Citadel’s Ken Griffin calls for shorter settlement times in trades following GameStop debacle

Ken Griffin, Citadel

US hedge fund titan Kenneth Griffin (pictured), founder, CEO and co-CIO of Citadel, says the recent GameStop trading frenzy demonstrates the need to overhaul the settlement process in markets, and wants a shorter timeframe for settling trades, along with more transparent capital models.

Griffin – who also leads Citadel’s trading unit Citadel Securities, the major US equities market maker caught up in last month’s retail trading surge – said settlement cycles should be shortened from two days to one.

In written testimony submitted to Congress on Thursday, Griffin warned that longer settlement windows “expose firms to more risk in the time between execution and settlement” and require increased levels of capital to help stem such risks.

The US House of Representatives’ Committee on Financial Services is probing last month’s GameStop saga, which saw amateur investors drive up the price of several stocks shorted by hedge funds.

Online platforms such as WallStreetBets, a Reddit sub-forum, and digital trading app Robinhood are said to have provided key outlets for retail investors’ co-ordinated billion-dollar raid on short positions, which dealt hefty losses to several managers.

Griffin was quizzed by US lawmakers at the Congressional hearing on Thursday. He told the committee it is “critical” that markets remain a “force for fairness and integrity worthy of investor confidence and participation.”

Along with shorter settlement times, he suggested transparent clearing house capital requirements would “enable brokers and market makers to better prepare for potential capital demands” and help reduce further associated market disruptions.

“Both of these enhancements are well within reach today,” he wrote.

Several hedge fund managers told Hedgeweek earlier this month that the short squeeze raised major questions over financial regulation, market functioning, position sizing and crowding, as well as the growing role of online trading platforms in the price discovery process.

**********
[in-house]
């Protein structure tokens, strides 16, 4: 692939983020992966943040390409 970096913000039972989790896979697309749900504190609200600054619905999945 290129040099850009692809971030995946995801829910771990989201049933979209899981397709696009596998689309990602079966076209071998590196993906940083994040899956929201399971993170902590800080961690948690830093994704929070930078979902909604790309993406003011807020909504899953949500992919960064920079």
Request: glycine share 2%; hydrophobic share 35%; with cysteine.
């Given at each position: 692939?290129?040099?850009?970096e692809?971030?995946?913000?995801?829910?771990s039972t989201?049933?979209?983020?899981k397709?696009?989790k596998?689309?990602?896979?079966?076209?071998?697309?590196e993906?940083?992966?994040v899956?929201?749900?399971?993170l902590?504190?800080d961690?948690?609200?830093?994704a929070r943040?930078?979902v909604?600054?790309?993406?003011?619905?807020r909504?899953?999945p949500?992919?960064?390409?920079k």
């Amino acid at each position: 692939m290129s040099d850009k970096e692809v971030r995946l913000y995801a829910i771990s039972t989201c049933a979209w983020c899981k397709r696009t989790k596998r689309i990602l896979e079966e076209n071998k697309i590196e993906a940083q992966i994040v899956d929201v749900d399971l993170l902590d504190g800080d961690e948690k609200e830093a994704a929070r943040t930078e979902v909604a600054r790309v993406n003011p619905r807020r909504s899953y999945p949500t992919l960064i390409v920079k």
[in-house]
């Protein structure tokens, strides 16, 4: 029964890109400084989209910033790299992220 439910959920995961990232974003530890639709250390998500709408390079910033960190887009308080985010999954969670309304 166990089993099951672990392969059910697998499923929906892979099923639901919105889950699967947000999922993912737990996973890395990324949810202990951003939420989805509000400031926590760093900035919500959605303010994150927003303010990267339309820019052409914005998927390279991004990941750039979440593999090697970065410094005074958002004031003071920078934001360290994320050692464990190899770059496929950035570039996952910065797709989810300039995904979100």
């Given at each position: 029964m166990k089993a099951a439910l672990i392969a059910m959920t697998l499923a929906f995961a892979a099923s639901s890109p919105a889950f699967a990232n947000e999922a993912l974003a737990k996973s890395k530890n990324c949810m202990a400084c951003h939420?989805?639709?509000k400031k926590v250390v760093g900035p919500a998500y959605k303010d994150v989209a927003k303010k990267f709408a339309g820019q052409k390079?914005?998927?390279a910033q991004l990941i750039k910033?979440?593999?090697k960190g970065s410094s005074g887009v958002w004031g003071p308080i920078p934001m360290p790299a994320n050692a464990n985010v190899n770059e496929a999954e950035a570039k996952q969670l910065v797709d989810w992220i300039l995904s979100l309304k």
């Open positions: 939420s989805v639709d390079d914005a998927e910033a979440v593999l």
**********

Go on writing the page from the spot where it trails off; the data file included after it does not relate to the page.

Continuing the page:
During the frenzied few days of retail equities trading in late January, Citadel Securities “was the only major market maker to provide continuous liquidity every minute of every trading day”, Griffin told the Committee in his written submission ahead of Thursday’s appearance.

Citadel is one of the biggest market-makers in US equities, reportedly handling more than a quarter of all daily trades in 2020 and executing more trades on behalf of retail investors than any other firm. He said that on January 27, his firm executed some 7.4 billion shares on behalf of retail investors.

“When others were unable or unwilling to handle the heavy volumes, Citadel Securities stepped up,” Griffin added.

“To put this into perspective, on that day Citadel Securities executed more shares for retail investors than the average daily volume of the entire US equities market in 2019.”

Online app Robinhood hires firms such as Citadel to execute its users’ trades commission-free. Griffin said Citadel is committed to the orderly functioning of US capital markets, adding the firm had no role in Robinhood’s decision to limit trading in GameStop or any other of the ‘meme’ stocks, only learning of the trading restrictions after they were publicly announced.

“Recent events have highlighted clear opportunities to improve our markets,” Griffin said.

The committee is also hearing from Gabe Plotkin, head of Melvin Capital, which registered huge losses as a result of the saga, as well as Reddit CEO Steve Huffman, among others.